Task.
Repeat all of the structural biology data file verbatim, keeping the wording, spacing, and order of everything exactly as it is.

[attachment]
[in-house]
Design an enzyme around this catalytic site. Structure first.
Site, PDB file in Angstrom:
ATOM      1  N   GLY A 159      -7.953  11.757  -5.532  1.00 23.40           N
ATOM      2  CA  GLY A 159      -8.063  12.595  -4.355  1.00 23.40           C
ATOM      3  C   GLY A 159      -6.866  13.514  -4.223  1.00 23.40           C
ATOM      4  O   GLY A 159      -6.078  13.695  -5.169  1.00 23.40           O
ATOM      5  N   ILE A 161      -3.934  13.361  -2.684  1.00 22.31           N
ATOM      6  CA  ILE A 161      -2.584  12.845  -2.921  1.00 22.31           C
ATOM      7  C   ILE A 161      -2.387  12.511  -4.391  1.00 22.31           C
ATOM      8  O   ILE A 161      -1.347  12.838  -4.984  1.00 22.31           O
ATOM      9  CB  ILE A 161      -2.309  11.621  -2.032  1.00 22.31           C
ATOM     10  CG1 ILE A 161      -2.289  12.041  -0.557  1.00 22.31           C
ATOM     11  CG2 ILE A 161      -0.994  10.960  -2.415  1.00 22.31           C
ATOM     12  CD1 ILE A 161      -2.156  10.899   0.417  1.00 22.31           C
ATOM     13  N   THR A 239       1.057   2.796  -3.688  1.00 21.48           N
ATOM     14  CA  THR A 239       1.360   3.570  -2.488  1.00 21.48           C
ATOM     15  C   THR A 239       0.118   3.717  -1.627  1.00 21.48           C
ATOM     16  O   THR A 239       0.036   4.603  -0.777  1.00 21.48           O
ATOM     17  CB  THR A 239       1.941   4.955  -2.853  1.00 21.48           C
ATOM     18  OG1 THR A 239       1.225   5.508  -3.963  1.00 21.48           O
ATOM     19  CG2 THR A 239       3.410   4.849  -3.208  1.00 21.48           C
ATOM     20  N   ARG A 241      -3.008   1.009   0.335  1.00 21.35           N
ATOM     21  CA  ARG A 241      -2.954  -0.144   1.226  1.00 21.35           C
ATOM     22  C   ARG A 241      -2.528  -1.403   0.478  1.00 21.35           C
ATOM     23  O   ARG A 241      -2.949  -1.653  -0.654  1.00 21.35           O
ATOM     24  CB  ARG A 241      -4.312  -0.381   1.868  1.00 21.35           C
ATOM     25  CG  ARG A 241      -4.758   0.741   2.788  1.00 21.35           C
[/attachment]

[in-house]
Design an enzyme around this catalytic site. Structure first.
Site, PDB file in Angstrom:
ATOM      1  N   GLY A 159      -7.953  11.757  -5.532  1.00 23.40           N
ATOM      2  CA  GLY A 159      -8.063  12.595  -4.355  1.00 23.40           C
ATOM      3  C   GLY A 159      -6.866  13.514  -4.223  1.00 23.40           C
ATOM      4  O   GLY A 159      -6.078  13.695  -5.169  1.00 23.40           O
ATOM      5  N   ILE A 161      -3.934  13.361  -2.684  1.00 22.31           N
ATOM      6  CA  ILE A 161      -2.584  12.845  -2.921  1.00 22.31           C
ATOM      7  C   ILE A 161      -2.387  12.511  -4.391  1.00 22.31           C
ATOM      8  O   ILE A 161      -1.347  12.838  -4.984  1.00 22.31           O
ATOM      9  CB  ILE A 161      -2.309  11.621  -2.032  1.00 22.31           C
ATOM     10  CG1 ILE A 161      -2.289  12.041  -0.557  1.00 22.31           C
ATOM     11  CG2 ILE A 161      -0.994  10.960  -2.415  1.00 22.31           C
ATOM     12  CD1 ILE A 161      -2.156  10.899   0.417  1.00 22.31           C
ATOM     13  N   THR A 239       1.057   2.796  -3.688  1.00 21.48           N
ATOM     14  CA  THR A 239       1.360   3.570  -2.488  1.00 21.48           C
ATOM     15  C   THR A 239       0.118   3.717  -1.627  1.00 21.48           C
ATOM     16  O   THR A 239       0.036   4.603  -0.777  1.00 21.48           O
ATOM     17  CB  THR A 239       1.941   4.955  -2.853  1.00 21.48           C
ATOM     18  OG1 THR A 239       1.225   5.508  -3.963  1.00 21.48           O
ATOM     19  CG2 THR A 239       3.410   4.849  -3.208  1.00 21.48           C
ATOM     20  N   ARG A 241      -3.008   1.009   0.335  1.00 21.35           N
ATOM     21  CA  ARG A 241      -2.954  -0.144   1.226  1.00 21.35           C
ATOM     22  C   ARG A 241      -2.528  -1.403   0.478  1.00 21.35           C
ATOM     23  O   ARG A 241      -2.949  -1.653  -0.654  1.00 21.35           O
ATOM     24  CB  ARG A 241      -4.312  -0.381   1.868  1.00 21.35           C
ATOM     25  CG  ARG A 241      -4.758   0.741   2.788  1.00 21.35           C